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'Good relationship': RA boss plays down Jones' betrayal, welcomes Tests against Brave Blossoms

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11th December, 2023
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He might not dare ask about their role in Eddie Jones’ resignation, but Phil Waugh insists Rugby Australia has a “good relationship” with the Japan Rugby Football Union and says the two nations will meet over the next 24 months in what shapes as a mouthwatering match with plenty of spice.

Six weeks after resigning from Rugby Australia, reports out of Japan over the week revealed Jones had edged out Frans Ludeke and would return to the Brave Blossoms head coaching role. An announcement is expected on Wednesday following a JFRU board meeting.

Jones’ return comes after he denied on more than a dozen occasions that he interviewed for the role with the JFRU on the eve of the 2023 tournament.

Phil Waugh says Rugby Australia wants to move on from Eddie Jones’ year in charge of the Wallabies. (Photo by Daniel Pockett/Getty Images for Rugby Australia)

All along, Waugh refused to ask the JFRU is they had spoken to Jones, who oversaw the Wallabies’ World Cup disaster less than 12 months after returning to the role following Dave Rennie’s brutal sacking, about the coach taking over from Jamie Joseph.

Waugh said he took Jones’ word that there was nothing to the story.

Asked what his reaction was to Jones’ return to the JFRU, Waugh acknowledged the move was yet to be confirmed but said RA was moving forward.

“Eddie finished with Rugby Australia on the 25th November,” said Waugh, who was appointed RA chief executive midway through the year.

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“We’re moving forward with hopefully announcing the new head coach of the Wallaroos this week, full-time, new director of high-performance and then in the market for a new head coach of the Wallabies.

“I made my comments at the World Cup. I still stand by those comments and we’re moving forward. There’s not a lot to do comment on that.”

Probed on whether he thought Jones was telling the truth and whether he viewed the Australian’s actions as an act of betrayal, Waugh said he wanted the Wallabies and the game at large to be one built on integrity.

“As I said back at the time, I took Eddie on his word,” Waugh said.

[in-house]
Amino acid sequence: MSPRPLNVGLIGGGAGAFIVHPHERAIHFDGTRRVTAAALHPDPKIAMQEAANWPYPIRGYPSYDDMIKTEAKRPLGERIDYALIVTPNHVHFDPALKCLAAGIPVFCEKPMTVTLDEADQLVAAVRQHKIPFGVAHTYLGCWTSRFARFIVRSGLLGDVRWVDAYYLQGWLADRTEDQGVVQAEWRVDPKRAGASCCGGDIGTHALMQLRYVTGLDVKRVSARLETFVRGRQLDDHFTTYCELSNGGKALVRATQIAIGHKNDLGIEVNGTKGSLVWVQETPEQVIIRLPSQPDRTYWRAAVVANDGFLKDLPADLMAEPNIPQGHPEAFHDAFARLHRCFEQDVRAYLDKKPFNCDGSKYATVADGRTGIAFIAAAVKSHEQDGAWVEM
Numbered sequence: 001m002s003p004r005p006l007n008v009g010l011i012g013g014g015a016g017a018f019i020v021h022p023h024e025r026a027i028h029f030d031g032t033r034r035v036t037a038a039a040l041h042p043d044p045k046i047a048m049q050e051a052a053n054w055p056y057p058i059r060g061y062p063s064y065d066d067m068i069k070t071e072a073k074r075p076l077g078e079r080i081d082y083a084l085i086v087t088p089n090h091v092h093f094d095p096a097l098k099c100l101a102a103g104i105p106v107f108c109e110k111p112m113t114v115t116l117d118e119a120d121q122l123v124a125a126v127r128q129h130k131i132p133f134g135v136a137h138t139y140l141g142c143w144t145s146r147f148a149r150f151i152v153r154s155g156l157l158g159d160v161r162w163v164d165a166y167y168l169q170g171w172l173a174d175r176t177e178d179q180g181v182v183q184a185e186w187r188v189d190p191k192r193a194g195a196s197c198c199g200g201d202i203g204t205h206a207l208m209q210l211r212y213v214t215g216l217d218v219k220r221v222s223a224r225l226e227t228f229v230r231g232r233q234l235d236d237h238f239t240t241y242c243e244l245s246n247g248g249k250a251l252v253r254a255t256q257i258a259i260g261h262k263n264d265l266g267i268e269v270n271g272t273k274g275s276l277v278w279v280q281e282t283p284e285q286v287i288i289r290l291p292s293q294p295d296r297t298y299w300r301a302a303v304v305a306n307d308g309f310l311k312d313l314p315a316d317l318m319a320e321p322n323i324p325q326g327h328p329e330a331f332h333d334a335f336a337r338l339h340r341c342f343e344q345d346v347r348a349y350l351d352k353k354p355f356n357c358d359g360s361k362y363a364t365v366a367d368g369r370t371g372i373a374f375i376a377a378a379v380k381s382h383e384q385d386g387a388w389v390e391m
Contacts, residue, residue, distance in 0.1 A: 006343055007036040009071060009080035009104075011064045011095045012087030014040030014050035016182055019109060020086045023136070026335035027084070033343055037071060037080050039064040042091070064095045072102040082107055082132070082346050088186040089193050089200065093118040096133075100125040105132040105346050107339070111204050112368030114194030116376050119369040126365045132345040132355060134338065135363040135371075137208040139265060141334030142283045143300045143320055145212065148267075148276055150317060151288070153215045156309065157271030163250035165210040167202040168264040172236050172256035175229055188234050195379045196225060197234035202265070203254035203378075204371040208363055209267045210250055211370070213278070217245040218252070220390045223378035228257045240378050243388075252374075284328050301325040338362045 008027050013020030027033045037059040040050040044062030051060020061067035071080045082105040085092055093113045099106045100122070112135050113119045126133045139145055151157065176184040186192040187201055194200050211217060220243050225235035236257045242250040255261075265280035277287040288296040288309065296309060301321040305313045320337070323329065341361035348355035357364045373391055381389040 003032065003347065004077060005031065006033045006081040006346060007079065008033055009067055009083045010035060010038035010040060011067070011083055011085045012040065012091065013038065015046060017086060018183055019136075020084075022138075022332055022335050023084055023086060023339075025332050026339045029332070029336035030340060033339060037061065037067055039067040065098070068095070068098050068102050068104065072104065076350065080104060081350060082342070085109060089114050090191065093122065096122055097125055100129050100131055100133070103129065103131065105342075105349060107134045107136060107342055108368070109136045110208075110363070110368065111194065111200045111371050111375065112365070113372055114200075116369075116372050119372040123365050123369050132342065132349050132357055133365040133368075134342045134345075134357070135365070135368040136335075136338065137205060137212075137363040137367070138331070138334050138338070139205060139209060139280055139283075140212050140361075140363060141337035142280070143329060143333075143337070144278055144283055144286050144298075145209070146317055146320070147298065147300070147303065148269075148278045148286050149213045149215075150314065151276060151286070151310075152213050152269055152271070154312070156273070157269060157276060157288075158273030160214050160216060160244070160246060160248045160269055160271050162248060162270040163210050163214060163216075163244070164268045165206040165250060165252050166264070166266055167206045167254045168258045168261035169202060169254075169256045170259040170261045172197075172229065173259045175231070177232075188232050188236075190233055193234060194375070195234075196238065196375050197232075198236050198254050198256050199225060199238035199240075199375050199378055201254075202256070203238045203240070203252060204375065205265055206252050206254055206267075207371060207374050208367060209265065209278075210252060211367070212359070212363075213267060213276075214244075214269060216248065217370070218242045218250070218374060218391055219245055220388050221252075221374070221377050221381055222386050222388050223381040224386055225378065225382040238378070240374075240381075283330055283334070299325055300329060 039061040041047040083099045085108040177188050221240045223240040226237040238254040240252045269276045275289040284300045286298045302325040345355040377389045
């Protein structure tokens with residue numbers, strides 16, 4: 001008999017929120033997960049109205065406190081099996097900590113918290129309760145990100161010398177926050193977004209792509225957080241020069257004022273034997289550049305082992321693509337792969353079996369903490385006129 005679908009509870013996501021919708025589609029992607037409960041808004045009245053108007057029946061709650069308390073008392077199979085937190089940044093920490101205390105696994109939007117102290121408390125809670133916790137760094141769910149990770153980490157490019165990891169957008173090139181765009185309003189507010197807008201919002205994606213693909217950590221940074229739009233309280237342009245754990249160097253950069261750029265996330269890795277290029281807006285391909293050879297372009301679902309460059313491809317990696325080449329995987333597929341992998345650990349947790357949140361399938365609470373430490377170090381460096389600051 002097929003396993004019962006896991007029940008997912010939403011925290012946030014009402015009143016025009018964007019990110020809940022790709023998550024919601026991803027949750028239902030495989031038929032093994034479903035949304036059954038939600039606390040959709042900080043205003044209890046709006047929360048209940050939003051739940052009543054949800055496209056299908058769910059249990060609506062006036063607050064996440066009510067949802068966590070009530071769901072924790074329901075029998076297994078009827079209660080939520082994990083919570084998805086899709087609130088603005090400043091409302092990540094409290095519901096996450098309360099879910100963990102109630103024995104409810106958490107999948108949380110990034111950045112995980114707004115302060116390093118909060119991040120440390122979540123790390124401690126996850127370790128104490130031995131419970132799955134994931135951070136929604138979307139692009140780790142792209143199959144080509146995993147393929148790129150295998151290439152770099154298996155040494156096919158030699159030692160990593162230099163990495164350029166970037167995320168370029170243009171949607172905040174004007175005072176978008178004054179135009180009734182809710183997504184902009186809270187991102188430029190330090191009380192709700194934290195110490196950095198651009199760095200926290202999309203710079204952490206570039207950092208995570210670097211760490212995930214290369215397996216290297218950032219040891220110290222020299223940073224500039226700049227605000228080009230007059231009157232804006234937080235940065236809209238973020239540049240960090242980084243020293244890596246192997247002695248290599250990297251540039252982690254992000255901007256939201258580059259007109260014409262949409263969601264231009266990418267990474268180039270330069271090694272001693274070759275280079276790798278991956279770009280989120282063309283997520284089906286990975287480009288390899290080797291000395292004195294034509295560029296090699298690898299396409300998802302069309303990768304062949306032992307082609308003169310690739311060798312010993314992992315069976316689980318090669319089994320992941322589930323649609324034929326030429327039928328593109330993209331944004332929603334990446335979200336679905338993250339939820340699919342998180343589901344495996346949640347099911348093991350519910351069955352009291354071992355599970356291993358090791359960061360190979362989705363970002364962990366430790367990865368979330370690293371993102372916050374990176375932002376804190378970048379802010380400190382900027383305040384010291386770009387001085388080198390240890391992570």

“We want to be a game of integrity and a team of integrity, and we took Eddie on his word.”

Eddie Jones is expected to be unveiled as Japan coach later this week. (Photo by Mike Hewitt/Getty Images)

Should Jones indeed be unveiled over the coming days, it would come months after RA and the JFRU signed a “landmark” Memorandum of Understanding until the end of 2029.

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The MOU would commit to “building a stronger relationship between the two Unions, developing national teams, competitions, players, staff, and the sport of Rugby itself in each nation.”

Despite Jones’ expected defection to Japan, Waugh said he wouldn’t address the coach’s move with his ally and added that RA looked forward to the Wallabies meeting the Brave Blossoms in the coming years.

“No, we’ve got a good relationship with all national unions,” Waugh said.

“We’ll play a lot of Test matches against Japan and we look forward to continuing that strong partnership.

“I’m not going to buy into speculation of what may have occurred. We’re looking forward and looking forward to putting all those new appointments in place and building a really strong culture for the Wallabies going forward.”

Waugh indicated Australia A would play Japan next year, with a Test between the two nations to follow in 2025.

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“Maybe Australia A,” he said.

“I’m not sure in the Test scheduling whether there’ll be the opportunity to play Japan in a Test match. But, certainly, looking forward to 2025 there’ll be a lot of internationals between the Wallabies and Japan and we look forward to those contests as we do every Test match.”

Waugh was speaking alongside his New Zealand Rugby counterpart Mark Robinson and Super Rugby Pacific interim Chair Kevin Molloy following meetings in Auckland on Monday aimed at addressing the flagging interest in the domestic competition.

With the competition a shell of its former self following years of tinkering and a player drain to cashed-up competitions in the northern hemisphere, a Super Rugby Commission has recently been launched to look at ways to help give the game a “level of focus it hasn’t before”.

“This gives it a different agenda. We’re now looking at Super Rugby in a fans lens and where we’re going to take the game and what it might look like in 2030 and 2035 so we can reignite the passion,” Molloy said.

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